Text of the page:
B-52 to Overfly Northern Virginia During Funeral

Saturday, October 13, 2001

A B-52 bomber will fly low over Arlington National Cemetery as part of a funeral today, a highly unusual event that could be frightening for any nearby residents not forewarned, Arlington County and Air Force officials cautioned.

The eight-engine plane will pass over the area at 3 p.m. at an altitude of about 1,000 feet. It will approach from the Potomac River and the Pentagon before heading over Arlington Cemetery and continuing west to its home at Minot Air Force Base, North Dakota, Air Force officials said.

The military put out word of the flyover Thursday.

“Much consideration was given to potential public anxieties, which is why additional notification . . . was made,” said Major Cheryl Law, an Air Force spokeswoman.

Flyovers at Arlington occur seven or eight times a year and are usually reserved for pilots and aviators who died on active duty, cemetery historian Tom Sherlock said. Sherlock said he knew of only three other B-52 flyovers in the past 25 years.

The funeral is for retired Air Force Lieutenant Colonel Robert J. Hymel, 55, a victim of the Sept. 11 terrorist attacks. Hymel, a civilian management analyst, was working in the Pentagon when a hijacked airliner struck it. It was the second time he had been caught up in an extraordinary aircraft incident.

Hymel was a B-52 co-pilot during the Vietnam War. In December 1972, his plane was hit by a missile over Hanoi. When the crew tried to land the plane, it pulled sharply to the left. On a second attempt, the B-52 “fell out of the sky,” said Beatriz “Pat” Hymel, his wife.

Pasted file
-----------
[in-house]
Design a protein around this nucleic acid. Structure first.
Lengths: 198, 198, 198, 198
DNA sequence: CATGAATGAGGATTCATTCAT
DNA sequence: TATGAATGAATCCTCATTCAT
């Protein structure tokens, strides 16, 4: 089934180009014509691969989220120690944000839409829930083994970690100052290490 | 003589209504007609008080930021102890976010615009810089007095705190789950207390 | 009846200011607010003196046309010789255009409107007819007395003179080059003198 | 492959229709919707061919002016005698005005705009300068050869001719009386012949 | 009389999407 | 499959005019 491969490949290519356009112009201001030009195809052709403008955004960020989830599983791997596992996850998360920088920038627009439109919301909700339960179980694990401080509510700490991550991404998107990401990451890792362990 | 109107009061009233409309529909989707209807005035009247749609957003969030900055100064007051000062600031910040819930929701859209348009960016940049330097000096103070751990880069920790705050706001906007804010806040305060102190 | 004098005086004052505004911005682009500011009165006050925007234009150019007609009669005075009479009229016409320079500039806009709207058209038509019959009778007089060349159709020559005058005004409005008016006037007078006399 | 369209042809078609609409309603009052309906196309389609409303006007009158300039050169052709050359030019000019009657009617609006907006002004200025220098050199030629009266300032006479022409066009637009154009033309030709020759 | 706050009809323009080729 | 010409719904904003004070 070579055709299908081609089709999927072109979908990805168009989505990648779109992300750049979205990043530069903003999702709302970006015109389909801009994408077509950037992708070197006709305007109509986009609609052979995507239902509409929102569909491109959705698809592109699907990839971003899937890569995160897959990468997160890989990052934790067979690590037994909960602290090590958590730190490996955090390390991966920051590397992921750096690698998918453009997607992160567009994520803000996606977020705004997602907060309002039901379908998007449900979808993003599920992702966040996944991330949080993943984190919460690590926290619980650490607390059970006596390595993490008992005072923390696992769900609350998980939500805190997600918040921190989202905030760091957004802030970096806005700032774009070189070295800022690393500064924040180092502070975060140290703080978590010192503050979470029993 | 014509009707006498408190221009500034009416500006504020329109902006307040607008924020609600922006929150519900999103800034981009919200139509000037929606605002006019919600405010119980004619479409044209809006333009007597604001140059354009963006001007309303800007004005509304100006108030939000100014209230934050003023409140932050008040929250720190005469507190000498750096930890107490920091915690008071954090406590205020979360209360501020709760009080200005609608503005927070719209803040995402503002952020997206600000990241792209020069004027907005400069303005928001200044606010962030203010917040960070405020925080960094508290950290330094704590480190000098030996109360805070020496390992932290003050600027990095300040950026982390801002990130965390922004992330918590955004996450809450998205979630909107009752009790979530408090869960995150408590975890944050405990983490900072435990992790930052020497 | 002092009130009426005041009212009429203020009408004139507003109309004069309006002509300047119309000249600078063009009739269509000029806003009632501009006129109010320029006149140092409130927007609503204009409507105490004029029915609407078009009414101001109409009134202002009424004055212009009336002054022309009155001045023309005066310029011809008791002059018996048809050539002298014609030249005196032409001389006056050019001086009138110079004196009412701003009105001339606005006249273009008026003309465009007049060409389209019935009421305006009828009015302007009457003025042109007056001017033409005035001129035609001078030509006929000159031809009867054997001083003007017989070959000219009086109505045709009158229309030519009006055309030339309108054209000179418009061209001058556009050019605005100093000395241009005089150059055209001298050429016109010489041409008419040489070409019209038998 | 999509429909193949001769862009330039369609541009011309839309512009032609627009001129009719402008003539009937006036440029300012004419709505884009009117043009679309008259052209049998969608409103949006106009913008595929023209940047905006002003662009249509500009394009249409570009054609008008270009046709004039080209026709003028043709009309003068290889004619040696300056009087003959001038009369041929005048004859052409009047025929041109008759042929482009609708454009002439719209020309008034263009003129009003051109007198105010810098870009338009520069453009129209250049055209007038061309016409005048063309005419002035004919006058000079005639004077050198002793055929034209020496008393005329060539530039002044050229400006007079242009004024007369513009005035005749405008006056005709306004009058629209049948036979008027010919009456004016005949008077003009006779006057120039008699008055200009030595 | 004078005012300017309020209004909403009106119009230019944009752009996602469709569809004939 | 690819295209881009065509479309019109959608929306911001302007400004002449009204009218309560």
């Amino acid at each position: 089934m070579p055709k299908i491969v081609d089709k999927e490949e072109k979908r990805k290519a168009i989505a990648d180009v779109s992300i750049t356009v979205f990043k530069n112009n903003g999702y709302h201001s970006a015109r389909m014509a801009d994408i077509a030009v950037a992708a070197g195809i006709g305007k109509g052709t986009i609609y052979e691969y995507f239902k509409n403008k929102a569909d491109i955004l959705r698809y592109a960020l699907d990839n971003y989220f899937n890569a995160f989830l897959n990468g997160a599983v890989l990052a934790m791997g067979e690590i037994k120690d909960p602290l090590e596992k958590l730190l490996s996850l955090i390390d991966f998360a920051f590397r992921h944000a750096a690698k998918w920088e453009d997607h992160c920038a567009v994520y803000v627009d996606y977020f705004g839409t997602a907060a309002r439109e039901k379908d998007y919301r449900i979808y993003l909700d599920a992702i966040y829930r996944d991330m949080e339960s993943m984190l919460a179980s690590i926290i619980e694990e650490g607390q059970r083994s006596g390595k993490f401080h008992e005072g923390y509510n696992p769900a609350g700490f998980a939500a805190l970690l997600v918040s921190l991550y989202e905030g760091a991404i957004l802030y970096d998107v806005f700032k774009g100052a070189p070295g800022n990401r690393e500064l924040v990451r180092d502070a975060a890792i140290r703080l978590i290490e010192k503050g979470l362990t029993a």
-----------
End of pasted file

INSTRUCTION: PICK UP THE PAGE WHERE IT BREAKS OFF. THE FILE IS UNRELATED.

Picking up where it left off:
The crew had elected not to bail out, Hymel said, because it had lost contact with the plane’s wounded gunner. When the plane crashed, the gunner managed to get out and survived.

Hymel was pulled from the plane and saw it burst into flames when he was just 20 feet away. He had collapsed lungs and a crushed arm and was administered last rites. His wife said his doctors were astonished at his recovery and attributed it to the fact that he wanted to meet his daughter, then 2 months old.

The other three members of the five-man crew perished. Hymel was awarded the Purple Heart.

“I’m eternally grateful that God gave him to me for 29 more years,” said Pat Hymel, who is principal of Hoffman-Boston Elementary School in Arlington. She requested the flyover and said she was “ecstatic” that the military granted it.

“My husband always regretted not being able to go back to flying,” she said, a limitation caused by his inability to fully extend his left arm.

The B-52 Stratofortress, a long-range, heavy bomber, has a takeoff weight of up to 488,000 pounds, according to the Air Force. It has a wingspan of 185 feet and can fly as high as 50,000 feet. The bomber, first flown in 1954, ceased production in 1962. The 94 planes still in service have been renovated and upgraded, an Air Force spokesman said, and are expected to remain in operation beyond 2045, becoming one of the longest-serving weapons in U.S. history.

B-52s dropped 40 percent of all bombs used by coalition forces during Operation Desert Storm and are involved in the bombing campaign in Afghanistan.

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